February 11, 2013–March 24, 2013
Carlos Garciavelez, Prize Winner
Of the twentieth-century large-scale urban interventions inscribed into the Latin American city, the university campus is the most salient symbol of progress. Throughout the twentieth century, the academy became an epicenter of architectural and urban experimentation within major Latin American cities. This exhibition documents the spatial legacy of the principal Latin American university-cities built in the past 60 years. Furthermore, the work traces the continental and transcontinental design influences that shaped these grounds. It maps their spatial evolution by exploring the relevance of the autonomous university campus as a pole for urban development. Culled through extensive site visits to select universities and the examination of archival material, the work presented in this exhibition constructs a campus atlas that links these individual campuses into a de facto Pan-American urban project.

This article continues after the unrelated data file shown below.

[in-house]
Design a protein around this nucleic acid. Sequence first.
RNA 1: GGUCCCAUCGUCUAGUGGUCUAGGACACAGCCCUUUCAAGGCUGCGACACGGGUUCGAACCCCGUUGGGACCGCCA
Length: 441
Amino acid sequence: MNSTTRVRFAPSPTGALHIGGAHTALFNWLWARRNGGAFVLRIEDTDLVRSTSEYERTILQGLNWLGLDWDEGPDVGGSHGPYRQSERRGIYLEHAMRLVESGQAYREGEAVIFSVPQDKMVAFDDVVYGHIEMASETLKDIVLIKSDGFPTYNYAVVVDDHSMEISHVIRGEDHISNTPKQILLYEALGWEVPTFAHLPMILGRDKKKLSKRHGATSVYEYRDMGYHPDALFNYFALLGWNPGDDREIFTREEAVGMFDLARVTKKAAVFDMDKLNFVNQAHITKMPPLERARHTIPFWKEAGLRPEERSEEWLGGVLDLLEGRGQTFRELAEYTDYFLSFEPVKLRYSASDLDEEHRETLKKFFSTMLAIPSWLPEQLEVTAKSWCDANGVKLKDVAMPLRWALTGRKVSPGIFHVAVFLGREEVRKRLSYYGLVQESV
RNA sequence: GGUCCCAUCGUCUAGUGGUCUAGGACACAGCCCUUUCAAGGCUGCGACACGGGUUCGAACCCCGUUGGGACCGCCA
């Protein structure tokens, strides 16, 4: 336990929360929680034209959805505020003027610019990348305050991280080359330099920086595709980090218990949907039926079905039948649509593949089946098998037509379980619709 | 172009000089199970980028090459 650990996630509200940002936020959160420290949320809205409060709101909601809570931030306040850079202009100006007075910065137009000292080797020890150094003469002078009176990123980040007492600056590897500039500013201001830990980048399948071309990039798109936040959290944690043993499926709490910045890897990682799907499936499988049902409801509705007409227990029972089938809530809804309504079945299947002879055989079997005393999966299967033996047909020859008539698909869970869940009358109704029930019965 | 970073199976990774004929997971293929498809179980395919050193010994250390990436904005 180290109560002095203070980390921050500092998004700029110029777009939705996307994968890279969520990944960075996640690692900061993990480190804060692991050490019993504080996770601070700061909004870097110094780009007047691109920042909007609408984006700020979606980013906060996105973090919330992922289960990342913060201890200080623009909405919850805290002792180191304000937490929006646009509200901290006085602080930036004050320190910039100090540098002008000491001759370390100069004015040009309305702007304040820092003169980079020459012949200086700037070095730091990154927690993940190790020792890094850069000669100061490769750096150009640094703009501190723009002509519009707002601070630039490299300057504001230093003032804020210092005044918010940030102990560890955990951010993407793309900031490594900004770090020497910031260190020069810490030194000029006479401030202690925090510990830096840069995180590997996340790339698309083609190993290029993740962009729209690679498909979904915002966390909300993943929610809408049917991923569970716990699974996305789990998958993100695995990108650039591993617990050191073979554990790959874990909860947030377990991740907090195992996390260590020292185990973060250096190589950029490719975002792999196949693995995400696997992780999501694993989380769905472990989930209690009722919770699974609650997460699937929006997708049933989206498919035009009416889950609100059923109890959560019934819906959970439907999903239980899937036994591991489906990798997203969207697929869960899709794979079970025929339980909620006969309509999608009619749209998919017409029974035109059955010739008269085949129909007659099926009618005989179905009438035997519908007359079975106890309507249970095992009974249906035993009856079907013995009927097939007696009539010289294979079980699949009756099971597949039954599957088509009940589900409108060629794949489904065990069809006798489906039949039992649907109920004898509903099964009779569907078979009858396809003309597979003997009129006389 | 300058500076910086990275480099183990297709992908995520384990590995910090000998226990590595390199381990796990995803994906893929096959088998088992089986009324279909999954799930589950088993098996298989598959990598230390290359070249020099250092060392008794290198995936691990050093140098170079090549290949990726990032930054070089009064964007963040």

This exhibition and the Druker Traveling Fellowship is made possible through the generosity and vision of Ronald M. Druker, LF‚Äò76 and the Bertram A. Druker Charitable Foundation